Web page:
The European Food Safety Authority (EFSA) has concluded that the current Recommended Daily Amount (RDA) of vitamin E should be replaced by a newly defined Adequate Intake (AI).
DSM however says the most recent scientific studies not broadly recognized yet and more research into the micronutrient is needed to define the vitamin E requirement in humans.
In particular, this includes the role of vitamin E in protecting polyunsaturated fatty acids (PUFAs) from being oxidized in cell membranes and the beneficial effect of adequate blood levels of vitamin E on cardiovascular health.
The new research suggests that individual requirements vary in view of the critical interactions between vitamin E and PUFAs and differ for specific groups, such as pregnant and lactating women, as well as being dependent on factors such as age.
“Whilst we appreciate the work carried out by the EFSA panel in reviewing the Dietary Reference Values (DRV) for vitamin E, it is important to consider all scientific evidence when defining the value,” says professor Manfred Eggersdorfer, senior VP, Nutrition Science & Advocacy at DSM and professor for Healthy Ageing at the University of Groningen, The Netherlands.
“This should include recent research that had been accepted by other well recognized agencies, such as the Institute of Medicine in the US and the D-A-CH report for Germany, Austria and Switzerland.”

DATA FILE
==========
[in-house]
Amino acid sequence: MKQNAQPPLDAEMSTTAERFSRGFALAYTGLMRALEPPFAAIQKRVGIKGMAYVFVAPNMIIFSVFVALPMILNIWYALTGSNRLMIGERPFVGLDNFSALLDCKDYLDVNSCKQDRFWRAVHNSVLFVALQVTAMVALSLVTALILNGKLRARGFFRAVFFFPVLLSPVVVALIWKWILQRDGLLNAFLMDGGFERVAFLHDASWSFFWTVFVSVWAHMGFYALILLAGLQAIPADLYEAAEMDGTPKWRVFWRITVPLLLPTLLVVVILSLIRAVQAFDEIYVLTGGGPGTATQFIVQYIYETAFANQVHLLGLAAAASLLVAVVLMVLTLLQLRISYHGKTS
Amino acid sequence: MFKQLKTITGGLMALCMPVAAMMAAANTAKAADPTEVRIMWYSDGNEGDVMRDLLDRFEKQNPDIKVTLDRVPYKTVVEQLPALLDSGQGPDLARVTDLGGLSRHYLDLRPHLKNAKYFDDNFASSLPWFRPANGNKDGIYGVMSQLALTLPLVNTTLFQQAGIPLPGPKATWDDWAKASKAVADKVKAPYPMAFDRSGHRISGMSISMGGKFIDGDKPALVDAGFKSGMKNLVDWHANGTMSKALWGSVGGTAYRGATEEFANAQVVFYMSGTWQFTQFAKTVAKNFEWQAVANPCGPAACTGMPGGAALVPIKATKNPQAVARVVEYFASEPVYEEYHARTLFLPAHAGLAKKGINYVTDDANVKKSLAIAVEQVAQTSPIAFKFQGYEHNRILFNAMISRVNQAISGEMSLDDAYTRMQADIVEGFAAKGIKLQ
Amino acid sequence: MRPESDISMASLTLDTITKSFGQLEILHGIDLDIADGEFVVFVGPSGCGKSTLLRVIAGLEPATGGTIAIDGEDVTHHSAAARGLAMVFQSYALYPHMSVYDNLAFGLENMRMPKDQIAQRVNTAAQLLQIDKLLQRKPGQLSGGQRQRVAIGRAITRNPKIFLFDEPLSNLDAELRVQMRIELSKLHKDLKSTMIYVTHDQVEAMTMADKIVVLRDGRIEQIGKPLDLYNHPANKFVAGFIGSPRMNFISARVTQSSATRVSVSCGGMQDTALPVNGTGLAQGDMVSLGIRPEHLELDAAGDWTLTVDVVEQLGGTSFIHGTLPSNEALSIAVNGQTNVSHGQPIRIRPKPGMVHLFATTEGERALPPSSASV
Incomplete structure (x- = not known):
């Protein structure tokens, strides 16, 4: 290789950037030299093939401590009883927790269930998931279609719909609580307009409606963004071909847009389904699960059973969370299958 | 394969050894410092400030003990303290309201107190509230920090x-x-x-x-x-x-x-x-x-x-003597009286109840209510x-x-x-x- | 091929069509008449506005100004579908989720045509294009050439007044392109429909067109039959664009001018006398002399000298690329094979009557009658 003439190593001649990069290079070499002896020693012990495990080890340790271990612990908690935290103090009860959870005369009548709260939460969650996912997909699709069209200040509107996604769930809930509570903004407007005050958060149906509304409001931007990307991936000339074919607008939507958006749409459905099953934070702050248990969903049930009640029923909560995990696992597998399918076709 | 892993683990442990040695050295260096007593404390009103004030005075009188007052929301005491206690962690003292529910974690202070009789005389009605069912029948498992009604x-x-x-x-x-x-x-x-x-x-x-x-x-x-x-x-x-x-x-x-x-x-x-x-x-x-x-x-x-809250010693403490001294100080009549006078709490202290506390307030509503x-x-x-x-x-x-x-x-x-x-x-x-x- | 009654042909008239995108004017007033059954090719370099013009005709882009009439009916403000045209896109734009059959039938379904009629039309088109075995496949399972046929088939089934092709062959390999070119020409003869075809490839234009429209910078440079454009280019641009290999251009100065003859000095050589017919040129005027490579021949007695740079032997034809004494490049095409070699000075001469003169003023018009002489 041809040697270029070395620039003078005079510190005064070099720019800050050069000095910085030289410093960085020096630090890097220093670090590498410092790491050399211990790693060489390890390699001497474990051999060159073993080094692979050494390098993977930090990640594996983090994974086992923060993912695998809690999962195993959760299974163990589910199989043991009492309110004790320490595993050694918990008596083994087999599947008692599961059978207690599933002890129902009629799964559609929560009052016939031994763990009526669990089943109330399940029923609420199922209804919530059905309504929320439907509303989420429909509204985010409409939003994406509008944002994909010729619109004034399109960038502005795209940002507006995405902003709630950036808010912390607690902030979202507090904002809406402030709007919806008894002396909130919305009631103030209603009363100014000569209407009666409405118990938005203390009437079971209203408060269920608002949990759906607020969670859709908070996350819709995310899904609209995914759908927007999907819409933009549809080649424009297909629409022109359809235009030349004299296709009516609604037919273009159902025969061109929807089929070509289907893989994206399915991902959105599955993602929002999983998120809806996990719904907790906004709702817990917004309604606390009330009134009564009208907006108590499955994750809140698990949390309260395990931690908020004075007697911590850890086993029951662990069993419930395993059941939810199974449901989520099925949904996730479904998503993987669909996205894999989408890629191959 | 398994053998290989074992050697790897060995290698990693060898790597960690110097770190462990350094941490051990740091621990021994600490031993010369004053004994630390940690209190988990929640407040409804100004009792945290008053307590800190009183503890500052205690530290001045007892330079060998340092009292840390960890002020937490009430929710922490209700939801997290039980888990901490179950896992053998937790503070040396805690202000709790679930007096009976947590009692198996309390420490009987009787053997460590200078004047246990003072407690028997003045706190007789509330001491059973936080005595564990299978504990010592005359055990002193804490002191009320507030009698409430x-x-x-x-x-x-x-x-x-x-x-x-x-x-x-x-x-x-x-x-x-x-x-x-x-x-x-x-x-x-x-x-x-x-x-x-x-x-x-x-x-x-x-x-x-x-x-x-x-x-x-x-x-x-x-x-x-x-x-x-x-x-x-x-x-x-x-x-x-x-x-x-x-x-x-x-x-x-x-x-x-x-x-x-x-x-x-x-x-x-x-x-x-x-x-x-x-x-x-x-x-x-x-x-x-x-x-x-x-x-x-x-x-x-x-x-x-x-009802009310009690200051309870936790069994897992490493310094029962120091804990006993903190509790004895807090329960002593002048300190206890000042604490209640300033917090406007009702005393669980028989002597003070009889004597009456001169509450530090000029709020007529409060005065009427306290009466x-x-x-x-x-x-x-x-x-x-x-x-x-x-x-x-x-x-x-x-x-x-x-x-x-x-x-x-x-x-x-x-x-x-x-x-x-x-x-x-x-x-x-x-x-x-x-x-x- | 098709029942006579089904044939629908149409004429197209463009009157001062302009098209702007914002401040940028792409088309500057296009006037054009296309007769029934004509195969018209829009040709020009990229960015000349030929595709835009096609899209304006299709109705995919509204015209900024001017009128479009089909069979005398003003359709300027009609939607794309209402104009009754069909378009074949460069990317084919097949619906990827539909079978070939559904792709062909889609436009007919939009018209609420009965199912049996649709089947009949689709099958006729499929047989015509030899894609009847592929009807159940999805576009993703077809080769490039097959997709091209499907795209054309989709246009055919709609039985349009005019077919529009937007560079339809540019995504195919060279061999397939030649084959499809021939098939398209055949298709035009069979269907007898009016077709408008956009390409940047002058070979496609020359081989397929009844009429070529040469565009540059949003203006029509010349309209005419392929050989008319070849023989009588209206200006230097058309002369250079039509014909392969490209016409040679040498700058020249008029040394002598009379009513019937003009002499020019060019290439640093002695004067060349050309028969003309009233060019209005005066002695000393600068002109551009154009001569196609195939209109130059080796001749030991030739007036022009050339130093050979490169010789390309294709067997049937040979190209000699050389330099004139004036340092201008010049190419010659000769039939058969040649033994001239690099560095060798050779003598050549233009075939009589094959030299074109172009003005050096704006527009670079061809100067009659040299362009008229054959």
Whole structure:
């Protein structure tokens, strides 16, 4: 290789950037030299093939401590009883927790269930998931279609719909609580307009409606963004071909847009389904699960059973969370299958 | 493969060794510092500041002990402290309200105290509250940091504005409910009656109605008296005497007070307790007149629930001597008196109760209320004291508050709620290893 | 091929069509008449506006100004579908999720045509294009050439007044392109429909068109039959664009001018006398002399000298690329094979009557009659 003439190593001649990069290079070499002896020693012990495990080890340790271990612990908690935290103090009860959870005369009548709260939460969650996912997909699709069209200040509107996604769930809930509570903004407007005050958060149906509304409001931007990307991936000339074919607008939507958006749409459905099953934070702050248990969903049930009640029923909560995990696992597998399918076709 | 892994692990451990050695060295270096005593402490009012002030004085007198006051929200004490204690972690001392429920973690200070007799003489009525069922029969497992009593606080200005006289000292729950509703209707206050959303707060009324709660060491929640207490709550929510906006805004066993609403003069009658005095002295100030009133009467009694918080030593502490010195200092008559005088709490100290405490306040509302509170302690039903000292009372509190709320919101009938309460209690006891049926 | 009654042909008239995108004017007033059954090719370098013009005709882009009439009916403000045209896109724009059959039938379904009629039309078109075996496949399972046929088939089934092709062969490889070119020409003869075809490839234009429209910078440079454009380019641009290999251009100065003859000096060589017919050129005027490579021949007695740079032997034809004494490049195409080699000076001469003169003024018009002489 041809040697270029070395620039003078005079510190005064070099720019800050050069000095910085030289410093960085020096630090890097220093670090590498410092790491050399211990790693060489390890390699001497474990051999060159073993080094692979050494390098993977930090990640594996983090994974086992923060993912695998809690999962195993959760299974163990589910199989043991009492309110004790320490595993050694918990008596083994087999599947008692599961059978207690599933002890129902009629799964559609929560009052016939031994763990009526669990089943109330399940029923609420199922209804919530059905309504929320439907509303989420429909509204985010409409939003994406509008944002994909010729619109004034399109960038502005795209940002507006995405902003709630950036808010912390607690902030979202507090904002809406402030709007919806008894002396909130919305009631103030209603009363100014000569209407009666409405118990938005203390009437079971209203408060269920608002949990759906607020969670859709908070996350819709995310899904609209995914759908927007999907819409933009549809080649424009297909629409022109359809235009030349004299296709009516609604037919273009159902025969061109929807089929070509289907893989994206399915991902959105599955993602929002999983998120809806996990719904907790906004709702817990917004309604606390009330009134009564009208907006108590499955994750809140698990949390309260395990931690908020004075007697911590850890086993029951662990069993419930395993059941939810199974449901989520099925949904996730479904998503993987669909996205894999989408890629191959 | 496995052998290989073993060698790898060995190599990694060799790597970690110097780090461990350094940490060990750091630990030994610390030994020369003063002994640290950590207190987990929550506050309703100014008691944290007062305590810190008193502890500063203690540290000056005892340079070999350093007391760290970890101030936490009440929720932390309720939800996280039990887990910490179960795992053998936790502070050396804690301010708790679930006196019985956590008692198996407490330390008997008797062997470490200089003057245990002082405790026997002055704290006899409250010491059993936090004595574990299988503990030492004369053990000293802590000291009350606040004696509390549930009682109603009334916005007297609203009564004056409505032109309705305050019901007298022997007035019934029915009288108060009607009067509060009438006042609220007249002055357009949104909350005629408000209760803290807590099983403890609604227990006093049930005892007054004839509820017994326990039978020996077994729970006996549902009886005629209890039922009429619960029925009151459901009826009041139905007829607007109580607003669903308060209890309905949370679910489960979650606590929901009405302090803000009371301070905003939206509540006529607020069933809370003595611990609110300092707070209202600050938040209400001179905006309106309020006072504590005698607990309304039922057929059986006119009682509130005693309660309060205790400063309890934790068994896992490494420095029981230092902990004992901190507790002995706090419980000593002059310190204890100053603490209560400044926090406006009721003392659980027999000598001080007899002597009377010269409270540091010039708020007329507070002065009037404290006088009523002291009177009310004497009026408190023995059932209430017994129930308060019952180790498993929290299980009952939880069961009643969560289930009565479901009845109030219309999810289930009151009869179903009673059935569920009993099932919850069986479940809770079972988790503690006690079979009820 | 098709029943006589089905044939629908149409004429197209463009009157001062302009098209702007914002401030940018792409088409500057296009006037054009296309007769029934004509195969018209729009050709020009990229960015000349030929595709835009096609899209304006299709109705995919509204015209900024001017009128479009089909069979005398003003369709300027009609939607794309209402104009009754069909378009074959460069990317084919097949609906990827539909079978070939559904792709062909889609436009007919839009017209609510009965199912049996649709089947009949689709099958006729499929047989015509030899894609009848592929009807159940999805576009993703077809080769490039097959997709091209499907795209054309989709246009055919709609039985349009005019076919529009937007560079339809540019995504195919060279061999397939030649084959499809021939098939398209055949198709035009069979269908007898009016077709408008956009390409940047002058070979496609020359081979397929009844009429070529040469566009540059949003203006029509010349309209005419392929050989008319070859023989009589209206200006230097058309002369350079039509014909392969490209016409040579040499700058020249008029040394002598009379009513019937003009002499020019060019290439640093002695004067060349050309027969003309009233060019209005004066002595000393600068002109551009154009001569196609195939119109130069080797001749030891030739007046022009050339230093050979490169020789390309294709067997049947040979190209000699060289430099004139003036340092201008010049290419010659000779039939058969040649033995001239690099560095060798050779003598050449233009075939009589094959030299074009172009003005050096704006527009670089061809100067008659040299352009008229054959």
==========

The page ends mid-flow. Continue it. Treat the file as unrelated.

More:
“Achieving an optimal status of vitamin E is associated with a number of positive health benefits,” he says.
“Outcomes from the main epidemiological studies show a risk reduction of 24% for cardiovascular events, when comparing high versus low vitamin E concentrations.”
“These results suggest a beneficial effect of vitamin E at a plasma concentration of 30 μmol/L. An increase of the intake recommendation would secure that the general population can reach this status.”
The recommended daily intake of vitamin E varies according to the age, gender and criteria applied in individual countries.
In the European Union, adult recommendations previously ranged from 4 to 25mg a-tocopherol equivalents (a-TE)/day for men and from 3 to 12mg a-TE/day for women.
The German-speaking countries (D-A-CH, 2013) have only recently set the recommendation at 12-15mg alpha-TE/day for men and 11-12 mg alpha-TE/day for women according to age.
As part of its written response to the EFSA panel, DSM highlighted results from a number of observational, prospective studies which suggest that a serum tocopherol concentration of 30μmol/L and above has beneficial effects on human health in the field of cardiovascular disease and some cancers.
Vitamin E is an antioxidant that has an approved EFSA health claim for ‘contributing to the protection of cells from oxidative stress.’
Emerging data also suggest that vitamin E in higher doses holds promise beyond these recognized benefits of vitamin E as an essential nutrient.
For certain individuals and population groups, vitamin E is understood to help maintain cognitive function in those at risk of Alzheimer’s disease and to help maintain liver and lung function in individuals who are overweight or exposed to air pollution.
“Intake of vitamin E is generally low in Europe. For example, the results of a micronutrient intake panel demonstrated that more than 75% of the population in the UK does not meet the recommended intake,” says Eggersdorfer.
“With individual needs varying depending on factors such as age, it may be more appropriate to consider a range of values rather than a fixed intake requirement.”